Of the components of the project that were co-ordinated between agencies the creation of expert forums to guide decision-making was particularly important during the first year. The participating agencies in the Loan Committee included representatives from social organizations including those of the beneficiaries. Among the decisions that were taken was the modification of the Program’s operating rules. Here spaces for production and employment were recognized as part of housing and were seen as eligible for receiving financing and assistance.

The main thread of this experience is the process of organization, participative management and joint responsibility for its operation between several actors and processes.

5.- Principal instruments


Neighbourhood housing committees were formed to facilitate the operation of the program at local level with the participation of approximately 20 or 25 families each and they elected a coordinator who was responsible for the management, financial orientation and links with the technical area of the evaluating group.

At the same time the coordinators held weekly meetings with the link worker from the non government organizations in order that the management processes ran smoothly and the work processes are organized properly, and that agreement is reached on the number of housing improvements that can be managed by the committee, analyse information and prepare materials for the training of the housing committee members.


The joint investment in the program was by unequal shares between the parts. During the first year the participation of funds from civil organizations was greater as it was keen to demonstrate the viability of the project


The Program operated under an annual agreement between the public, private and civil parties

and the organizational structure that is described above arose from this. This differs from the federal government”s housing program that captured individual demand.

In order for the pilot program to operate during its first year a special decision-making body was set up called the Loan Subcommittee with the participation of officials from local government, representatives from the investment institutions and representatives from the credit holders groups.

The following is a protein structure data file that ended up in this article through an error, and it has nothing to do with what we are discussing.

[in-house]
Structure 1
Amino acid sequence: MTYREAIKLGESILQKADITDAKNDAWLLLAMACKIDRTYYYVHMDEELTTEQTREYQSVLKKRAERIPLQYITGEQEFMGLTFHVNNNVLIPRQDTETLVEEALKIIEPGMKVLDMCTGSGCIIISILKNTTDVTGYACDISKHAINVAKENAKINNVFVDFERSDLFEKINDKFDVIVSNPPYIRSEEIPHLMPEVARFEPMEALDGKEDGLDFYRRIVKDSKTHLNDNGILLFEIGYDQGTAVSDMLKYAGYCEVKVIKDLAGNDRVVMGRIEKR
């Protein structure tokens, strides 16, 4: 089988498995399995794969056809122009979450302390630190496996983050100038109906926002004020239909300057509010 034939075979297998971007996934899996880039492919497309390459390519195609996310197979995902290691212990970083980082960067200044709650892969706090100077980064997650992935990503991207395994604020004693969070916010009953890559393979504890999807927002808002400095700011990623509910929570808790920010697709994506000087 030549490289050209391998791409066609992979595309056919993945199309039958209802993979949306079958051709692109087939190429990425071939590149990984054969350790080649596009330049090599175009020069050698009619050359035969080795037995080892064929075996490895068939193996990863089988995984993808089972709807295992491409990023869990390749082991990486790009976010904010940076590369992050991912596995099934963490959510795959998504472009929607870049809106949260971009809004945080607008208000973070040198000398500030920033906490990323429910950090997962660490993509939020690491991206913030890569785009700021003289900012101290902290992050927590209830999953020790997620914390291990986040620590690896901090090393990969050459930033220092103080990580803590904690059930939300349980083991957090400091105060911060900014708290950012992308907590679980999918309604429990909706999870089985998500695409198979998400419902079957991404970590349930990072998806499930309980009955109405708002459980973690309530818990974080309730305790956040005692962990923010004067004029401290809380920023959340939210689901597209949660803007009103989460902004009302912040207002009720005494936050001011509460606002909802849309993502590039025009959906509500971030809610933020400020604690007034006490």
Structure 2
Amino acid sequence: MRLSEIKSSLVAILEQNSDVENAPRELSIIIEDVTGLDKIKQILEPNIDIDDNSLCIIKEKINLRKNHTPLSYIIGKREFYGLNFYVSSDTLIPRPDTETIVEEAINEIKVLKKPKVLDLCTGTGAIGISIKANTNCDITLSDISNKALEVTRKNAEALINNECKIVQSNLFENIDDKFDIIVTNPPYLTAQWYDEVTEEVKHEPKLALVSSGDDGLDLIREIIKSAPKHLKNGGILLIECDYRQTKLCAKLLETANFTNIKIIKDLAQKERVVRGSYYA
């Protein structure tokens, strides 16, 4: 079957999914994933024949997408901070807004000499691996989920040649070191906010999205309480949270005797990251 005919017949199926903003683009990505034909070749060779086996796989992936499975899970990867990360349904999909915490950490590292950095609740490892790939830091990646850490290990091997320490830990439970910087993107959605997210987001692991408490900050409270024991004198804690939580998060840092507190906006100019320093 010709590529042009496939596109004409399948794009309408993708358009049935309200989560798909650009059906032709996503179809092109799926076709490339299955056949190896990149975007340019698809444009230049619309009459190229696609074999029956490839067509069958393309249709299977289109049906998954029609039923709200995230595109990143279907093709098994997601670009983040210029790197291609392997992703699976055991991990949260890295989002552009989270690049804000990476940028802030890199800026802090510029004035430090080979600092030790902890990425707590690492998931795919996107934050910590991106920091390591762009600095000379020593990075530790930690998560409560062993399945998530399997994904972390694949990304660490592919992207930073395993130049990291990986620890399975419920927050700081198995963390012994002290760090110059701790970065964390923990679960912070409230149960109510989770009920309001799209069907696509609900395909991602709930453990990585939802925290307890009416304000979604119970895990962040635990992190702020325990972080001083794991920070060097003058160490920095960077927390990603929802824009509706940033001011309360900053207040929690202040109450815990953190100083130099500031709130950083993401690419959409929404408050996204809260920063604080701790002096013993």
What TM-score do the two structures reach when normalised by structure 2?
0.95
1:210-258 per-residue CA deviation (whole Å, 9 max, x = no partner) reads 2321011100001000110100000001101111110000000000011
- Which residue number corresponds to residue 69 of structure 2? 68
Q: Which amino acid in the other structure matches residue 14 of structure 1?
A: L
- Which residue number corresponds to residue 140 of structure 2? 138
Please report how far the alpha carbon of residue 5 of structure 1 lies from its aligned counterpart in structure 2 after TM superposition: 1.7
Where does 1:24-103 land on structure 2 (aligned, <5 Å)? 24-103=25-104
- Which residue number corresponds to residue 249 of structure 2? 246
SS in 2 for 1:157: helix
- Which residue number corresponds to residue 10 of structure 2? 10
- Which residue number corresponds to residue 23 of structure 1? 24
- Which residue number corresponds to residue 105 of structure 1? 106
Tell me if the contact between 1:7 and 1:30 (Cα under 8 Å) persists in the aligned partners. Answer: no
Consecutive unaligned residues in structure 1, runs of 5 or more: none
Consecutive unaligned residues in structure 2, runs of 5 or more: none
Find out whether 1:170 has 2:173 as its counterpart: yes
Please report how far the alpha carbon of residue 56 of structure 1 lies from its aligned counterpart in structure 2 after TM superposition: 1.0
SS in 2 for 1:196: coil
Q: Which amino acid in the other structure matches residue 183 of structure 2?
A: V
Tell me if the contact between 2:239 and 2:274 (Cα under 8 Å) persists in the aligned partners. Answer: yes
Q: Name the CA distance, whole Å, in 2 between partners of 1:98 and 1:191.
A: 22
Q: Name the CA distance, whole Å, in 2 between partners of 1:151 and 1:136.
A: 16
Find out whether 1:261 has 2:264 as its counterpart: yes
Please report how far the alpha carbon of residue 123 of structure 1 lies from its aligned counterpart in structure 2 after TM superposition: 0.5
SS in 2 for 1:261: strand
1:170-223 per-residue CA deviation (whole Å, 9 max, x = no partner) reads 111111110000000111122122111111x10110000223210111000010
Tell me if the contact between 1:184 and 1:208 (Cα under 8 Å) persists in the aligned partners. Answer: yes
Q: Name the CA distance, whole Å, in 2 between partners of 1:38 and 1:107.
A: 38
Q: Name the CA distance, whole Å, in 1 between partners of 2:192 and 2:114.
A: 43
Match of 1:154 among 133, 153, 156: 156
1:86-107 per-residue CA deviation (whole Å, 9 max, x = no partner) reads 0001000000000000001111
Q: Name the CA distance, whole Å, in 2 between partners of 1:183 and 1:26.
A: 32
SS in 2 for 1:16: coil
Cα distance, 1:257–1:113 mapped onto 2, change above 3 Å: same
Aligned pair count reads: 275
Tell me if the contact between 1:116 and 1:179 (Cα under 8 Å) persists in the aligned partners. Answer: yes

In subsequent years the program was institutionalised and operated at a far greater scale, ten times as much, maintaining operations with the housing committees for the management of jointly financed improvements with funds from the FOSOVI A.C. Micro Projects Fund. The Loan Subcommittees were not conserved in the structure as the program decisions involved in the management of a much larger budget would have required the participation of several government bodies, and not only housing bodies, and this limited the scope for other agencies as well.

6.- Achievements and main lessons

  • The completion of 1,266 housing improvements
  • The institutionalisation of the Program that is based on the recognition of the importance of self-production and the need to support and strengthen this process which still represents 60% of housing construction in the country.
  • The decentralizing of the operation of public funds and especially their operation by civil organizations. This permits the democratic participation of social organizations in their use and distribution.
  • The consolidation of new leaderships in the popular housing field. The strengthening of the structure of neighbourhood social organizations.
  • The systematization of the experiences and the consolidation of the technical teams in the non-government organizations and the Habitat Coalition Mexico.

7.- Key words:

Mexico; Federal District; shared responsibility; self-build; housing; popular economy; participative processes; urban social management.

8.- Sources:

Internal documents.

9.- Contacts

International Habitat Coalition-Latin America (HIC-AL)
Tacuba #53, 1er. Piso – Colonia Centro
06000 Delegacin Cuauhtmoc, Mexico D.F., Mexico
Tels: (52-55) 55121586 y 55126726
Fax: (52-55) 55126726

TLALOC 40 int. 2, Colonia Tlaxpana
11370 Mexico D.F., Mexico
Tels: (52-55) 55667515 y 57033384
Fax: (52-55) 55352954